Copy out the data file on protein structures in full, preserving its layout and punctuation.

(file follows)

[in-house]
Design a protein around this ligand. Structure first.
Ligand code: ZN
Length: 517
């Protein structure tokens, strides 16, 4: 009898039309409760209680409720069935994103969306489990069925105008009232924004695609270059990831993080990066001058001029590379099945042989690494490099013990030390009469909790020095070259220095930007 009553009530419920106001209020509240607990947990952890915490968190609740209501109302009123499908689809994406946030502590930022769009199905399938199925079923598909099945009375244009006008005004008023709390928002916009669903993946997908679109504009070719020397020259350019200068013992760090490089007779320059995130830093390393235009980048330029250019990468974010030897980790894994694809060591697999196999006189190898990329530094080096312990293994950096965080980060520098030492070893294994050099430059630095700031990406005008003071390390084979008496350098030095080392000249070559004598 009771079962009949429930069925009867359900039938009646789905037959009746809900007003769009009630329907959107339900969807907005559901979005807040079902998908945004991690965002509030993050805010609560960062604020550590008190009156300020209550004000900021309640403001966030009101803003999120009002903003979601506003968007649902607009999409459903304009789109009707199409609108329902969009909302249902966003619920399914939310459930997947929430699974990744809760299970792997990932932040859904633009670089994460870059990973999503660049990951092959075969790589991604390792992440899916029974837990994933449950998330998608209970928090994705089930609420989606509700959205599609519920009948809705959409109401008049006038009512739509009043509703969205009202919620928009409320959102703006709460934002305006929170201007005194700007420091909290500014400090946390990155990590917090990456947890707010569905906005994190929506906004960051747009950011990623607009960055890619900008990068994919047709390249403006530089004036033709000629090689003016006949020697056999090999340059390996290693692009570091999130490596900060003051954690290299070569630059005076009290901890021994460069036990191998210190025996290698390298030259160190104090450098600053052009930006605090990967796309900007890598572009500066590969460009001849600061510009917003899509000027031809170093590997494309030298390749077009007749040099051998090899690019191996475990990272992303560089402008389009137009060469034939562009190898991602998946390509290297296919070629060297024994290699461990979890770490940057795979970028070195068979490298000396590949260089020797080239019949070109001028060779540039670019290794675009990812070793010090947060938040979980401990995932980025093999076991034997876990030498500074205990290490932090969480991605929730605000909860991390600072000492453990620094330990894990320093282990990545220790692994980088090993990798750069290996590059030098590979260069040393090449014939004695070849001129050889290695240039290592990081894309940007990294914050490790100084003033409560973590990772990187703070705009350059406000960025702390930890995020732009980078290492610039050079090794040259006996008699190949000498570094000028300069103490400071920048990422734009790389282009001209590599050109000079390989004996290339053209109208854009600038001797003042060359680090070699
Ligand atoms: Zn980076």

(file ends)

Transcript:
[in-house]
Design a protein around this ligand. Structure first.
Ligand code: ZN
Length: 517
């Protein structure tokens, strides 16, 4: 009898039309409760209680409720069935994103969306489990069925105008009232924004695609270059990831993080990066001058001029590379099945042989690494490099013990030390009469909790020095070259220095930007 009553009530419920106001209020509240607990947990952890915490968190609740209501109302009123499908689809994406946030502590930022769009199905399938199925079923598909099945009375244009006008005004008023709390928002916009669903993946997908679109504009070719020397020259350019200068013992760090490089007779320059995130830093390393235009980048330029250019990468974010030897980790894994694809060591697999196999006189190898990329530094080096312990293994950096965080980060520098030492070893294994050099430059630095700031990406005008003071390390084979008496350098030095080392000249070559004598 009771079962009949429930069925009867359900039938009646789905037959009746809900007003769009009630329907959107339900969807907005559901979005807040079902998908945004991690965002509030993050805010609560960062604020550590008190009156300020209550004000900021309640403001966030009101803003999120009002903003979601506003968007649902607009999409459903304009789109009707199409609108329902969009909302249902966003619920399914939310459930997947929430699974990744809760299970792997990932932040859904633009670089994460870059990973999503660049990951092959075969790589991604390792992440899916029974837990994933449950998330998608209970928090994705089930609420989606509700959205599609519920009948809705959409109401008049006038009512739509009043509703969205009202919620928009409320959102703006709460934002305006929170201007005194700007420091909290500014400090946390990155990590917090990456947890707010569905906005994190929506906004960051747009950011990623607009960055890619900008990068994919047709390249403006530089004036033709000629090689003016006949020697056999090999340059390996290693692009570091999130490596900060003051954690290299070569630059005076009290901890021994460069036990191998210190025996290698390298030259160190104090450098600053052009930006605090990967796309900007890598572009500066590969460009001849600061510009917003899509000027031809170093590997494309030298390749077009007749040099051998090899690019191996475990990272992303560089402008389009137009060469034939562009190898991602998946390509290297296919070629060297024994290699461990979890770490940057795979970028070195068979490298000396590949260089020797080239019949070109001028060779540039670019290794675009990812070793010090947060938040979980401990995932980025093999076991034997876990030498500074205990290490932090969480991605929730605000909860991390600072000492453990620094330990894990320093282990990545220790692994980088090993990798750069290996590059030098590979260069040393090449014939004695070849001129050889290695240039290592990081894309940007990294914050490790100084003033409560973590990772990187703070705009350059406000960025702390930890995020732009980078290492610039050079090794040259006996008699190949000498570094000028300069103490400071920048990422734009790389282009001209590599050109000079390989004996290339053209109208854009600038001797003042060359680090070699
Ligand atoms: Zn980076």